Redwood City Education Foundation Executive Director Kathleen Harris said some of that gap was recently filled by a $50,000 grant from the Chan Zuckerberg Initiative. “We’ve structured it as a matching grant so we could encourage end-of-year giving,” she said. “So far we have raised about half from parents and friends and are aiming to get in the rest in before the end of the year.”

This story was published in the January print edition of Climate Magazine.

5 Comments

  1. With all the new housing being built, chances are more children will be in the community and class sizes will grow. Traffic will be getting worse because roads aren’t widening to accommodate more cars that come with more housing. Prices are rising so the tax base is rising but overcrowding will negatively impact the education of kids, air quality will be impacted by more cars on the road and people will spend more time in traffic. Is this really leading to a brighter future?

  2. I agree with the above, maybe we should look at how all the property tax dollars are being spent, with each house selling at an average of $1,000,000, that is a minimum of $10,000 in property taxes the city collects. Can’t imagine why we don’t have enough money to keep our schools among the highest in school scores. More and more young families are opting to send their kids to private school because the public school scores are so low. Unless that changes I for see more public schools shutting their doors. We didn’t need more housing, we need more money for better schools.

  3. The Redwood City School Board had the opportunity earlier this year to deny the renewal of the three charter schools. The District did not.
    The District receives funding per pupil(Average Daily Attendance) from the State not from local property taxes.The District also receives money from the contruction projects in Redwood City which are monies shared with the Sequia District and the charters. It also receives monies for English language learners, for other designated programs, and from the previous passed parcel tax and bond monies.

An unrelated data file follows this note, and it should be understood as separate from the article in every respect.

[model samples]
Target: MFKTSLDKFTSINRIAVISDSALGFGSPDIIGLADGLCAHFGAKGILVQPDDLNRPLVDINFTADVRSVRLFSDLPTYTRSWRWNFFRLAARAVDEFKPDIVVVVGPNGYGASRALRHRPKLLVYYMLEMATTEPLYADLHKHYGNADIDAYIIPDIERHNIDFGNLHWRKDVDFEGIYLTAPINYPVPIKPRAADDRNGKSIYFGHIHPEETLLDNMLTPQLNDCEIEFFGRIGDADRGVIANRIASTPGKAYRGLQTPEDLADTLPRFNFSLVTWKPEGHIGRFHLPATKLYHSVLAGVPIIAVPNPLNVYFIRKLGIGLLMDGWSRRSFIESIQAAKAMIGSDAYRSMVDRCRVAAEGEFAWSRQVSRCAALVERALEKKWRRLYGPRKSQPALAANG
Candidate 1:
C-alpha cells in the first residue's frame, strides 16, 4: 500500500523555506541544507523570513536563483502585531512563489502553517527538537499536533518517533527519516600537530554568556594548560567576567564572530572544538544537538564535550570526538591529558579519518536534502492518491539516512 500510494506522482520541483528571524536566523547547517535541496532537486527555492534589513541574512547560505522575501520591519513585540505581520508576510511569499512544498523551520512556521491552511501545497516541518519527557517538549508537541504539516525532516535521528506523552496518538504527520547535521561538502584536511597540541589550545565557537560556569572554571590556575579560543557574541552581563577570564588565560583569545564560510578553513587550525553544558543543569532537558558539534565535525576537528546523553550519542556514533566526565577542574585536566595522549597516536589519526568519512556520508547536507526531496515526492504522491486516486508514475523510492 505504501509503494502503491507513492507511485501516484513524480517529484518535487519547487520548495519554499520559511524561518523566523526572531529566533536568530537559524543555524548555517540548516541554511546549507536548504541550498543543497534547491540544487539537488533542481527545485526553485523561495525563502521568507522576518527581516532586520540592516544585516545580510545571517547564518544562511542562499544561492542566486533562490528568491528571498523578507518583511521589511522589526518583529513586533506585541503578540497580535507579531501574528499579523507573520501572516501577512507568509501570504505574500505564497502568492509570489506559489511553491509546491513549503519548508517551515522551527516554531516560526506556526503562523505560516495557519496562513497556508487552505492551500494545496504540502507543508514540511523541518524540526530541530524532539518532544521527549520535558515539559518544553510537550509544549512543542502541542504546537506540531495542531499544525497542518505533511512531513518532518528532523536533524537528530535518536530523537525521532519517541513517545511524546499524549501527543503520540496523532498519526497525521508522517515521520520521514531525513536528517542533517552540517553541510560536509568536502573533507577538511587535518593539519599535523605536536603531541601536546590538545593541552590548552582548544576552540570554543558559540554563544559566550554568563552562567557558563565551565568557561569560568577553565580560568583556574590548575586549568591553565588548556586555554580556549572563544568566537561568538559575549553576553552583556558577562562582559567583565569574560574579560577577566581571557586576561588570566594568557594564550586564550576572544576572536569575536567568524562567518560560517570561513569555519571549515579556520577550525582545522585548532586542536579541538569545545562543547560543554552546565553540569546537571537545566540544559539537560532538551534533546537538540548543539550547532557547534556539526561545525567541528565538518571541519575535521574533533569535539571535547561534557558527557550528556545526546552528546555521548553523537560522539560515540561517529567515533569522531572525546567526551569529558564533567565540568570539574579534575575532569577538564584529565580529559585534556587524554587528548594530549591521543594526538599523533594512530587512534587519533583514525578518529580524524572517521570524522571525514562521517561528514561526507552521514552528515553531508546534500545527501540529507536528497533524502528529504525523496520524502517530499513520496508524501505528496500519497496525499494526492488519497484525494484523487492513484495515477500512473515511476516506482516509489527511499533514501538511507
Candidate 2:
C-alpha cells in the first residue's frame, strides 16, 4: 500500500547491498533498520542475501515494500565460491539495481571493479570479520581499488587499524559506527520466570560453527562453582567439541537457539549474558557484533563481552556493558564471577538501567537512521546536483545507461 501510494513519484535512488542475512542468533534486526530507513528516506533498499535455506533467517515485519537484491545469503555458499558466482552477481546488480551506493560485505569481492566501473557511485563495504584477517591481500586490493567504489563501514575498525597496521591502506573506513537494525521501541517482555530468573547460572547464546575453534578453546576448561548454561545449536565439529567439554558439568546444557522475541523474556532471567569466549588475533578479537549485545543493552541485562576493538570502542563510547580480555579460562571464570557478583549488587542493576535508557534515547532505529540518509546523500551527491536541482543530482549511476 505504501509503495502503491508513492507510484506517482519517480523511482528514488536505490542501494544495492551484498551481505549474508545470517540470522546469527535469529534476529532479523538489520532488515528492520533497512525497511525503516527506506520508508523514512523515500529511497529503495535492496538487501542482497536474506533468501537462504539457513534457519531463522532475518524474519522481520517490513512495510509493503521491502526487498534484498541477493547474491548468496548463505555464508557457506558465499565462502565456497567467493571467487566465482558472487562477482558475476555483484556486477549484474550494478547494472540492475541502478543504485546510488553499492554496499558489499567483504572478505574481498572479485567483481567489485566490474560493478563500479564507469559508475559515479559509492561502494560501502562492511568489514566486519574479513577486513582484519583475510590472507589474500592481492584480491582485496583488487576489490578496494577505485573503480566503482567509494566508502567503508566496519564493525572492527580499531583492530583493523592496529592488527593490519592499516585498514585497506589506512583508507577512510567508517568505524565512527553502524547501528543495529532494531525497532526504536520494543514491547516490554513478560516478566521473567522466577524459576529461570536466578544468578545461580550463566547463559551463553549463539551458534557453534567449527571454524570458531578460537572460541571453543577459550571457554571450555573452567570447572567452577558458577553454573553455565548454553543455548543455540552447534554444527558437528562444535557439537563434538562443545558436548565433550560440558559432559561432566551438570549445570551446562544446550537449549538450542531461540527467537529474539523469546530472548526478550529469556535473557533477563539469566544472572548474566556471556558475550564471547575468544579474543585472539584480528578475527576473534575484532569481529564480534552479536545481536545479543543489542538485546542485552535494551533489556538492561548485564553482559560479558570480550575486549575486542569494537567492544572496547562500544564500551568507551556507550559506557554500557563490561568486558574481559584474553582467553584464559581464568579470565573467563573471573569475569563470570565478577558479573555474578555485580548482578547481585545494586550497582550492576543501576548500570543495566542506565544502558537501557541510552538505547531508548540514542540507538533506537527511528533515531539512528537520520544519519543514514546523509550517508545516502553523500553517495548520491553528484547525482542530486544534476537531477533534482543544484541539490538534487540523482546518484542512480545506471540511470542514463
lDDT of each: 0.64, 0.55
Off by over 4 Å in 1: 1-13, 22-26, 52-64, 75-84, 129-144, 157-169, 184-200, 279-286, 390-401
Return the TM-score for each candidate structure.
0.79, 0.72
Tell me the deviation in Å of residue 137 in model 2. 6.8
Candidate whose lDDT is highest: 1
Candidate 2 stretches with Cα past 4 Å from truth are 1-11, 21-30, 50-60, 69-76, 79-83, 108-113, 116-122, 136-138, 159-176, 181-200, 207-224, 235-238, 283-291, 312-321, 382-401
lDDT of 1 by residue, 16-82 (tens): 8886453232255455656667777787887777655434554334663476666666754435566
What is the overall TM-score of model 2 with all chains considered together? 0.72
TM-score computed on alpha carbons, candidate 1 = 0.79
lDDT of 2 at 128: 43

The District has had very little or no oversight on the programs or the budget of these charters. Charters, that take o money away from our public schools. The District was aware that there would be a shortfall in monies 5 years ago when the charters were first granted. The charters have been renewed this year. The district shortfall of ten million dollars is partly a result of the number of students attending the three charter schools.
    The District did not have the foresight to inform the public or the city council the need for low income housing, the increase in students leaving the district due to the lack of housing and low wages and its effect on the RCSD.
    The increase in housing units are not affordable to many minimum wage earners who often have to hold more than one job, share living spaces, or often live in garages.
    The newly constucted units are primarily market rate studio or one bedroom units that are more affordable to highly paid single tenants. There are very few Section eight units,if any,fewer low income units because apartment owners raise rents and deposits with the prospects of more money from renters making the ” big bucks”. Those new residents wanting to be close to their workplace.
    Yet,in spite of the additional housing units, there has not been an increase in student enrollment.
    The District has not made attempts to increase student population by encouraging parents to return to Redwood City schools. There has not been an attempt to increase student population by encouraging parents from outside the area to enroll students in the Mandarin Immersion school .
    The CFO for the District had an estimate of the monetary losses and the loss of personnel and students when the charters were first approved. Now the district is proposing a parcel tax because of inadequate funds.